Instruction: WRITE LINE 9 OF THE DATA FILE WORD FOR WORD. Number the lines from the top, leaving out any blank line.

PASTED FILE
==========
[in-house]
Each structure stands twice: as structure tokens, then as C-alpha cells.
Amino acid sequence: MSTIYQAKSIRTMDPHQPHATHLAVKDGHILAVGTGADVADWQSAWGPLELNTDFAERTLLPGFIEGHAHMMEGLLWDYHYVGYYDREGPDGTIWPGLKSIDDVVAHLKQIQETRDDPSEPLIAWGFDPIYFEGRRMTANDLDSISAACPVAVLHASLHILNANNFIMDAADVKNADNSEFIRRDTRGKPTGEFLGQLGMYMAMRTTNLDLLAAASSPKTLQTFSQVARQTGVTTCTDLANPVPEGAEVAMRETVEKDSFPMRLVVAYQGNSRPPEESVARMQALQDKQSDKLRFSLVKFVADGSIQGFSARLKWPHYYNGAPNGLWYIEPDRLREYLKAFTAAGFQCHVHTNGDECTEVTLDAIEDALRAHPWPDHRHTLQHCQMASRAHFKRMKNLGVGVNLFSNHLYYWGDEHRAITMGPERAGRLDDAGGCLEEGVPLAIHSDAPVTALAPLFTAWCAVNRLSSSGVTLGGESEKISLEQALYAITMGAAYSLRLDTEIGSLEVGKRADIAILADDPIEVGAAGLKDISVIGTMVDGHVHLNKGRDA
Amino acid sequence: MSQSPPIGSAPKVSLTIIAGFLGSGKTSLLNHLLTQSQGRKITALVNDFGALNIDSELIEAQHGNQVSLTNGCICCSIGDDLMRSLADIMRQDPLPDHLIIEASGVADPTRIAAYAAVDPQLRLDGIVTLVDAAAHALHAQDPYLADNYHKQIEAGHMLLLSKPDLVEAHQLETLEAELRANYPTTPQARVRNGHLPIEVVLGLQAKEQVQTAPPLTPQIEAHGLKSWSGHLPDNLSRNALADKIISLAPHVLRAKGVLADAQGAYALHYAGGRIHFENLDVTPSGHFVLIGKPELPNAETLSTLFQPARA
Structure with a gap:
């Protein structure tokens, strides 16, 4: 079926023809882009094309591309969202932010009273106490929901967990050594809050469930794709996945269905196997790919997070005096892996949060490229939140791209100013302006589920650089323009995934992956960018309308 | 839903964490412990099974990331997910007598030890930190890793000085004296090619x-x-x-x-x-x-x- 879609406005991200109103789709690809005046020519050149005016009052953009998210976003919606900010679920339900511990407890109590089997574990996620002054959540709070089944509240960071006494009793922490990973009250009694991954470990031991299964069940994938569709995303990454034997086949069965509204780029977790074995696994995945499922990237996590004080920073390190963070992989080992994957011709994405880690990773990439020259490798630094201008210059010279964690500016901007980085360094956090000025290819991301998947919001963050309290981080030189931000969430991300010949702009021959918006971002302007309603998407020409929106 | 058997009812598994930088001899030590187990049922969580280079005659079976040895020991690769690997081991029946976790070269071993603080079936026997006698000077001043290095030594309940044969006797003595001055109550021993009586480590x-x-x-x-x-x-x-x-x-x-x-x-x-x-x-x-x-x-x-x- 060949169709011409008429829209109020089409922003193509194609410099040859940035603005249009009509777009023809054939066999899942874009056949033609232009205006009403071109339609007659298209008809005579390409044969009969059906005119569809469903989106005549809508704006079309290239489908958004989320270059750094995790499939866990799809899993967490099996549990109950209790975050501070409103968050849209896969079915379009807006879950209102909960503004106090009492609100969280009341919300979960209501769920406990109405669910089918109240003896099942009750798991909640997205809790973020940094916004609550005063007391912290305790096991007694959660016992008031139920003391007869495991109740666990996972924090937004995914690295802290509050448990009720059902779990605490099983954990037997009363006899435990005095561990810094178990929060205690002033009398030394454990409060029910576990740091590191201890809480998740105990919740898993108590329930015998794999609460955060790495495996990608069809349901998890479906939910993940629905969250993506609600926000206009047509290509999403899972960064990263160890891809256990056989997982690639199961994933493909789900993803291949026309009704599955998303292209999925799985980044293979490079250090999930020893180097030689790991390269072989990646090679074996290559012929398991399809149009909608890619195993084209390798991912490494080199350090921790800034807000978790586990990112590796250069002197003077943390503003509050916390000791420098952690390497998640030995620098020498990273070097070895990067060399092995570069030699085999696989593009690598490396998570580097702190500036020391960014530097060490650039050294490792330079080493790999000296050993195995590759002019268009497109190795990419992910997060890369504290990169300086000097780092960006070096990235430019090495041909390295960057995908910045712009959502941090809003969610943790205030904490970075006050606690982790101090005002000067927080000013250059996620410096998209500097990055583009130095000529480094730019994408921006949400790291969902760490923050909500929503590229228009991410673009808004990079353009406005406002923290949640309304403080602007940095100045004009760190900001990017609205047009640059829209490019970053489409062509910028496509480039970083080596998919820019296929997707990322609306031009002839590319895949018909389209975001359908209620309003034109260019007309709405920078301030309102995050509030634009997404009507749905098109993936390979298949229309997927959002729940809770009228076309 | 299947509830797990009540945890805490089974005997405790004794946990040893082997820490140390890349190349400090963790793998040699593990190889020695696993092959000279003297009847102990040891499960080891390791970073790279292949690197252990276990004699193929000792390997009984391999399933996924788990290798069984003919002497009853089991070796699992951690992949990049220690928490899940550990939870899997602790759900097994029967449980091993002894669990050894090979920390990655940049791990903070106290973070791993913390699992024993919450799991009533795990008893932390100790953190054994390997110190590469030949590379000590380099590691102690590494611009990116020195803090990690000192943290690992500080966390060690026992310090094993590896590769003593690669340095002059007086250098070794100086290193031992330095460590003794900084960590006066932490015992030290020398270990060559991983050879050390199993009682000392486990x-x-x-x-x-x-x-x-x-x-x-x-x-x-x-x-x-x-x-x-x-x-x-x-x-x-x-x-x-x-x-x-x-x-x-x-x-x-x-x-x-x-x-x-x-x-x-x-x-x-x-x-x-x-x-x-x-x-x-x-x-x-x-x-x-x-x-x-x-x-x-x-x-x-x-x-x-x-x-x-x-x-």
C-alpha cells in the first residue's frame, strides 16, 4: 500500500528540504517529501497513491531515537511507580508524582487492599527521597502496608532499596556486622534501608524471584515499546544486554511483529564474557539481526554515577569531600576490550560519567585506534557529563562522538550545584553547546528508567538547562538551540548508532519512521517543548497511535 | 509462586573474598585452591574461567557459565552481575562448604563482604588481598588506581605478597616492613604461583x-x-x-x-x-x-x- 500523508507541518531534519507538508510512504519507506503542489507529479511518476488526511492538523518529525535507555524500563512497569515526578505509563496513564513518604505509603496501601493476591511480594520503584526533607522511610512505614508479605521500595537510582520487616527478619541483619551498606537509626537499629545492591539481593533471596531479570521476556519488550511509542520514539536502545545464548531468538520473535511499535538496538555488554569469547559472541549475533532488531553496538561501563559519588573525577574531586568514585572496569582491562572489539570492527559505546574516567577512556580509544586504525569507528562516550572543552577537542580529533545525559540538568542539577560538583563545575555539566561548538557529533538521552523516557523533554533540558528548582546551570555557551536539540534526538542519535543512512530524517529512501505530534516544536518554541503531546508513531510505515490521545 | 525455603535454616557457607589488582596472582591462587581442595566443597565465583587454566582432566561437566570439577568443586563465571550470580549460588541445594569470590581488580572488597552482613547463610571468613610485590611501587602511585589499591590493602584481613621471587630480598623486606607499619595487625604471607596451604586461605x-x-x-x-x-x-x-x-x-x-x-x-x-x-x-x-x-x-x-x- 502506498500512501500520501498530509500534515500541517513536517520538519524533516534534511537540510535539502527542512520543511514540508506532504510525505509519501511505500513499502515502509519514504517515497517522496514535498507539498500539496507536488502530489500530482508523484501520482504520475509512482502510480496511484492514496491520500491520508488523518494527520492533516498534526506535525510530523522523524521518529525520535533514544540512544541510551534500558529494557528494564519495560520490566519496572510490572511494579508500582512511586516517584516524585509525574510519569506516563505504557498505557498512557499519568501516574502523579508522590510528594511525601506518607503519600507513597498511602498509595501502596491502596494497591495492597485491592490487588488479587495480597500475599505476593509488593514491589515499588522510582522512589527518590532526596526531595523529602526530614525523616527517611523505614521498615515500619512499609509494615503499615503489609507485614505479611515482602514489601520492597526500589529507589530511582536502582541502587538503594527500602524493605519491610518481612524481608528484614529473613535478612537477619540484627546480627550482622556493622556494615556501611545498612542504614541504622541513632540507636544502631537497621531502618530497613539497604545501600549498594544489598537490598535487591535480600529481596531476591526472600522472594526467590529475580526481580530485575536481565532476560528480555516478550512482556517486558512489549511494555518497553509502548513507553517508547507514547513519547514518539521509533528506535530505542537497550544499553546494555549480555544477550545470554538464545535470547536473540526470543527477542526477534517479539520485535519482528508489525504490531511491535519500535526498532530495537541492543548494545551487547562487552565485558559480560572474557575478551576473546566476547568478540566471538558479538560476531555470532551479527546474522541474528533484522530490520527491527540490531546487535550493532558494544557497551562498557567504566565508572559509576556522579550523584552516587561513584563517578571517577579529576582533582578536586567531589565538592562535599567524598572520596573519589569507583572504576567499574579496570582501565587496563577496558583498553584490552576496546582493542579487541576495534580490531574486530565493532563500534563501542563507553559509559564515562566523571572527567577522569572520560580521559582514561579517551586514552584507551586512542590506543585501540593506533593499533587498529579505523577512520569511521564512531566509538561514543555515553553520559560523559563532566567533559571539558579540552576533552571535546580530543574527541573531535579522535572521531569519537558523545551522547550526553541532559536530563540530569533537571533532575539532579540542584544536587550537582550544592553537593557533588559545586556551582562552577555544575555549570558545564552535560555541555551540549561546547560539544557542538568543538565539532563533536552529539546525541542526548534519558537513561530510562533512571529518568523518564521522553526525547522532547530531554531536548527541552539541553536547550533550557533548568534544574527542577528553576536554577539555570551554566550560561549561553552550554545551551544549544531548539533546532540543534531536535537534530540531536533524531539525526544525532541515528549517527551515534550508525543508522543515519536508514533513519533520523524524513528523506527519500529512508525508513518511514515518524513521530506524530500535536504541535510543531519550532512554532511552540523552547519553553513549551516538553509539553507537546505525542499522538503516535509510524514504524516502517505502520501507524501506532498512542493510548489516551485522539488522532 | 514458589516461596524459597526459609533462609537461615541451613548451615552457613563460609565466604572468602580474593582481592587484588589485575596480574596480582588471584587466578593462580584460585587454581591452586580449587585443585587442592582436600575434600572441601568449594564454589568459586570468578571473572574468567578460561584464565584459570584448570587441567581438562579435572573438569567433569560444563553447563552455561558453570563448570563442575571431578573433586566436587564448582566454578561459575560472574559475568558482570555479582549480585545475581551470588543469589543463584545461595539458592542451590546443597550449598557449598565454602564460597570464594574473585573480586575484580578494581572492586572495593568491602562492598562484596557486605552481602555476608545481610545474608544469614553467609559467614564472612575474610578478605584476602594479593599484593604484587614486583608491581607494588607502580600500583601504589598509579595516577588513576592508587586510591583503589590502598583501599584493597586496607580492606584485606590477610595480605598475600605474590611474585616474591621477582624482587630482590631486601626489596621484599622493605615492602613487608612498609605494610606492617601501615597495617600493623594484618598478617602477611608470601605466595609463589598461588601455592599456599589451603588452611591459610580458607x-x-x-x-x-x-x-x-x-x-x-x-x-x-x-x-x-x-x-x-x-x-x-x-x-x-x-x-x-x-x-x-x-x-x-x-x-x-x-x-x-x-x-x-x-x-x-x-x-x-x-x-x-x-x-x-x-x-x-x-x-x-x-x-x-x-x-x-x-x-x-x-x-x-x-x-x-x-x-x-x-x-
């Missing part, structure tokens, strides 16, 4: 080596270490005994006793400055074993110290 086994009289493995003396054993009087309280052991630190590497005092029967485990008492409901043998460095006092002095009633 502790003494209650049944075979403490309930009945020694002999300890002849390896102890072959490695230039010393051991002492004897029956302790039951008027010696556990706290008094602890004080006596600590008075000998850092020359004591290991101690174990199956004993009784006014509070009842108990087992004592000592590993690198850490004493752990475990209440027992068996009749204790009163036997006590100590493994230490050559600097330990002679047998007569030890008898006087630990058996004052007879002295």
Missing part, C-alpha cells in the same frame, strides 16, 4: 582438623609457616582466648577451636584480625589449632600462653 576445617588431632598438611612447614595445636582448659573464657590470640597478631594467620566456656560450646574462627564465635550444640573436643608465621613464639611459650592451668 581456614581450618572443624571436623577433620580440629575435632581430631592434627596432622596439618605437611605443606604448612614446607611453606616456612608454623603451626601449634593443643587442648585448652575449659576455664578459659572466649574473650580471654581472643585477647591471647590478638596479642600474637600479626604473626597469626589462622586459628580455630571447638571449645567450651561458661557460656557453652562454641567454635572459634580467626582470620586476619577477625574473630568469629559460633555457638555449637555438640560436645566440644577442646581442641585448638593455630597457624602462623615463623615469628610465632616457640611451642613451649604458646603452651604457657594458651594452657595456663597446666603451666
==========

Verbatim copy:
Missing part, C-alpha cells in the same frame, strides 16, 4: 582438623609457616582466648577451636584480625589449632600462653 576445617588431632598438611612447614595445636582448659573464657590470640597478631594467620566456656560450646574462627564465635550444640573436643608465621613464639611459650592451668 581456614581450618572443624571436623577433620580440629575435632581430631592434627596432622596439618605437611605443606604448612614446607611453606616456612608454623603451626601449634593443643587442648585448652575449659576455664578459659572466649574473650580471654581472643585477647591471647590478638596479642600474637600479626604473626597469626589462622586459628580455630571447638571449645567450651561458661557460656557453652562454641567454635572459634580467626582470620586476619577477625574473630568469629559460633555457638555449637555438640560436645566440644577442646581442641585448638593455630597457624602462623615463623615469628610465632616457640611451642613451649604458646603452651604457657594458651594452657595456663597446666603451666